Alexander Biserama Becherer is a German artist, mainly a sculptor, who uses an array of materials such as hardened polystyrene, wood and metal to shape muti-dimensional clusters of words and images with impressive size and intricacy to create.
He was born 1983 in Lahr/Schwarzwald (Black Forest) a wooded mountain range in Baden-Württemberg, Southwestern Germany. In 1997 he had first tests with graffiti just around his parent’s house. According to Biserama his first intentions to start painting was when he was 13 years old and he wanted to have fun outside with friends. Adrenaline, traveling, friendship, adventures, “Name Dropping” … He thinks those are normal reasons why the majority of young creative kids is starting to do graffiti. In 1999 he trained tool making and plastics. Few years later, he studied at the “Academy of fine arts” under Prof. Franzjoseph Held.
Biserama and typography
He is very detail-addicted person and artist. So he loves and does works mostly with a lot of elements in it. In the first moment the viewers eyes get’s flooded with a lot of different information they have to sort. He appreciates to do works with strong messages and symbolism. According to artist, ambiguity is a highly recurrent element in his works. He loves typography since day one of his artist career. From the classical letter-graffiti, he was doing for the first 10 years; he developed his style more and more to a combination of sculpture, installation and stencil-painting.
Alexander Becherer recently unveiled his sprawling, large-scale sculpture “Paratropolis” at Galerie Kesselhaus in Lahr, Germany. The artwork is a cacophony of words and symbols that, together, present the artist’s conception of a futuristic megacity in which urbanization has spiraled out of control. Becherer’s choice to render the work in grey scale further underscores his vision of a time devoid of color, a period in which individual lives are subsumed in the urban environment and individualism is lost in a world of massive buildings and invasive technology.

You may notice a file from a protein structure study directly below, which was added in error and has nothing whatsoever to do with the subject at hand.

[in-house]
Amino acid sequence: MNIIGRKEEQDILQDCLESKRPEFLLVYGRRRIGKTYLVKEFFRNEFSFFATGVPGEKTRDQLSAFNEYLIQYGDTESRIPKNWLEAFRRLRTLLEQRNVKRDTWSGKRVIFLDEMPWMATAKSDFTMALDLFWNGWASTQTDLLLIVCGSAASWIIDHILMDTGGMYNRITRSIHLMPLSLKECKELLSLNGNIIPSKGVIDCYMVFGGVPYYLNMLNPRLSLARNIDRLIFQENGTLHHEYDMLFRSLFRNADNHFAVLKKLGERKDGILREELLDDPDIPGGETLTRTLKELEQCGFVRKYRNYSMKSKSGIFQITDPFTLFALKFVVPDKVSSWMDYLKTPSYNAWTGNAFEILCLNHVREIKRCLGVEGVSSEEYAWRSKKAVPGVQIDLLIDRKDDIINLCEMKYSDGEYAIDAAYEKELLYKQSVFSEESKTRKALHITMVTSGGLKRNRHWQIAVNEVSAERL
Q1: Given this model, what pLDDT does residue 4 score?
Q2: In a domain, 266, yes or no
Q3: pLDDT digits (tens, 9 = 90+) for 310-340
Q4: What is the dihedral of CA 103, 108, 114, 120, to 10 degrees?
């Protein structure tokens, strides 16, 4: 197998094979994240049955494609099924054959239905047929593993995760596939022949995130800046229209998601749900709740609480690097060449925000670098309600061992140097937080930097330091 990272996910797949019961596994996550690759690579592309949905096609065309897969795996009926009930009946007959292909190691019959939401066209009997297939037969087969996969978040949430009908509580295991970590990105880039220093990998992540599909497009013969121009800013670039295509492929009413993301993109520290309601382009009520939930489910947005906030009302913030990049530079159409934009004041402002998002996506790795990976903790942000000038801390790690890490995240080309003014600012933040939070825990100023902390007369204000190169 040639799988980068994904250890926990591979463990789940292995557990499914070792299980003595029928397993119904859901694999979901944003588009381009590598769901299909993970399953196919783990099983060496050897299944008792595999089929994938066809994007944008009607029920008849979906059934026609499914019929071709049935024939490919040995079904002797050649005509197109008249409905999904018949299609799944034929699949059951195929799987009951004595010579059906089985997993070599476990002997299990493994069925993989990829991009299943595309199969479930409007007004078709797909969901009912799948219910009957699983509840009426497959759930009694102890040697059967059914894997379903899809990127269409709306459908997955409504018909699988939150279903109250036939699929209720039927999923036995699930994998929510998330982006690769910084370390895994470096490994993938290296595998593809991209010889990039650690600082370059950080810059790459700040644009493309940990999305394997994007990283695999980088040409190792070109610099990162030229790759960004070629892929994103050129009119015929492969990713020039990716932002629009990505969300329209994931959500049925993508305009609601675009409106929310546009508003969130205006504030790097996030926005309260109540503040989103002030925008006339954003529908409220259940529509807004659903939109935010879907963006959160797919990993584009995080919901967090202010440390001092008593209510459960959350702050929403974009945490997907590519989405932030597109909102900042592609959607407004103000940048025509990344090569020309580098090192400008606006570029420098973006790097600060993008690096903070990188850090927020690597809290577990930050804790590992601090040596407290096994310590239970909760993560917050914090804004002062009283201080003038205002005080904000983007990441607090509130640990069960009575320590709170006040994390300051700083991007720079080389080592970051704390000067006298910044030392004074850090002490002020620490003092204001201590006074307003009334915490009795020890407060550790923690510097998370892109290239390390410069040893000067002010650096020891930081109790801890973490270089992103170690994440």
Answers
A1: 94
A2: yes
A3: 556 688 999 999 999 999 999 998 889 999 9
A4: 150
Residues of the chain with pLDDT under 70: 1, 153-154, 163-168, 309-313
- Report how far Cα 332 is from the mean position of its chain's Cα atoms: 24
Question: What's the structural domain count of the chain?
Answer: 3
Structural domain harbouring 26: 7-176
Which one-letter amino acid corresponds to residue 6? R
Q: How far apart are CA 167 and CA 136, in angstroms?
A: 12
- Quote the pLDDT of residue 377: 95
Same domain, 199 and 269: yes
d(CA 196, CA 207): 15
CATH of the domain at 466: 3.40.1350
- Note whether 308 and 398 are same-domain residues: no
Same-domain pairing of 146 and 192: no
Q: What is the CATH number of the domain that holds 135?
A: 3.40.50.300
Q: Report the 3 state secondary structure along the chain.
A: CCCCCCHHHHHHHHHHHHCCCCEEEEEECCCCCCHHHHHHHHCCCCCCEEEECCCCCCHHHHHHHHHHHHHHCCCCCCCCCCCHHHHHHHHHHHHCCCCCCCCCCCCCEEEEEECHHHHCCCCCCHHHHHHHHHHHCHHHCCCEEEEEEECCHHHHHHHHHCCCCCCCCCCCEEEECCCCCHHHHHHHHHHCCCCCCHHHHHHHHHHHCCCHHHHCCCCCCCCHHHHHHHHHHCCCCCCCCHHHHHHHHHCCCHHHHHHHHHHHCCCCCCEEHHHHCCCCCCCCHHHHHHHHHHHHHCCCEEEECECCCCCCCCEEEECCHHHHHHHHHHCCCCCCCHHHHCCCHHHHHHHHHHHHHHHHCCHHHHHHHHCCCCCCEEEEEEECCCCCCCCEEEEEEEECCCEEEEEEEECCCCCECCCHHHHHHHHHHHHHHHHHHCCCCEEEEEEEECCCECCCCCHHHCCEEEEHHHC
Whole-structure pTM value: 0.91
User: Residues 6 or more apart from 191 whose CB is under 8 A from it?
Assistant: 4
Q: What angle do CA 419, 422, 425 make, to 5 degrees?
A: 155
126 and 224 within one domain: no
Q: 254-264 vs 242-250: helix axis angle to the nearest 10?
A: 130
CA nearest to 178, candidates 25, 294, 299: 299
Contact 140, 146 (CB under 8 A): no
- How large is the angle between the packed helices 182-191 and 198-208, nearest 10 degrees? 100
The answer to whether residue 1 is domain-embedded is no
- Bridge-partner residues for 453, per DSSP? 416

No people remain in this apocalyptic sculpture. In between corporate symbols like the Nike swoosh and the Google logo, “ZEITPLAN” (which translates to “schedule” in English), “FUCK YOU,” and “YOUR CITY OUR RULES,” are repetitively forced upon the viewer who attempts without success to find order in the destruction. While each angle provides a different perspective of the megacity, the message remains the same: Doom is destiny if urbanization does not slow down and if the rural areas are not preserved and protected.
Alexander Becherer’s work of opposition and disruption
The curtain, since centuries both a hiding and at the same time also revealing element of the fine and performing arts, is foregrounded in the message of Bisreama’s installation work “Behind The Scene”. The work interconnects a detailed search with medial dialog. The concept of a view around the corner, the skill of lateral thinking, and the confusion caused by a partially obscured work in the background, are used as part of the enticing element of the curtain as a medium. The work is ruled by elements of opposition and disruption. The metaphors of tension-ridden spaces, situations of danger, and even a weird sense of promise are thereby created and systematically transformed. Without the courage and effort of entering the installation, of ducking, stretching, and looking behind the curtain, the work never discloses itself fully and important details remain hidden. If the obstacle of entrance is overcome, the viewer is still confronted with a wall of newspaper scraps that once again requires sorting out. The theme of glasses and the choice of scissor cuts add yet another level to the whole installation, where a view from afar reveals a self-portrait. According to Becherer his wish is to work as long as he can as a free artist: “There are a lot of unfinished works in my head.”
Alexander Biserama Becherer lives and works in Gengenbach, Germany.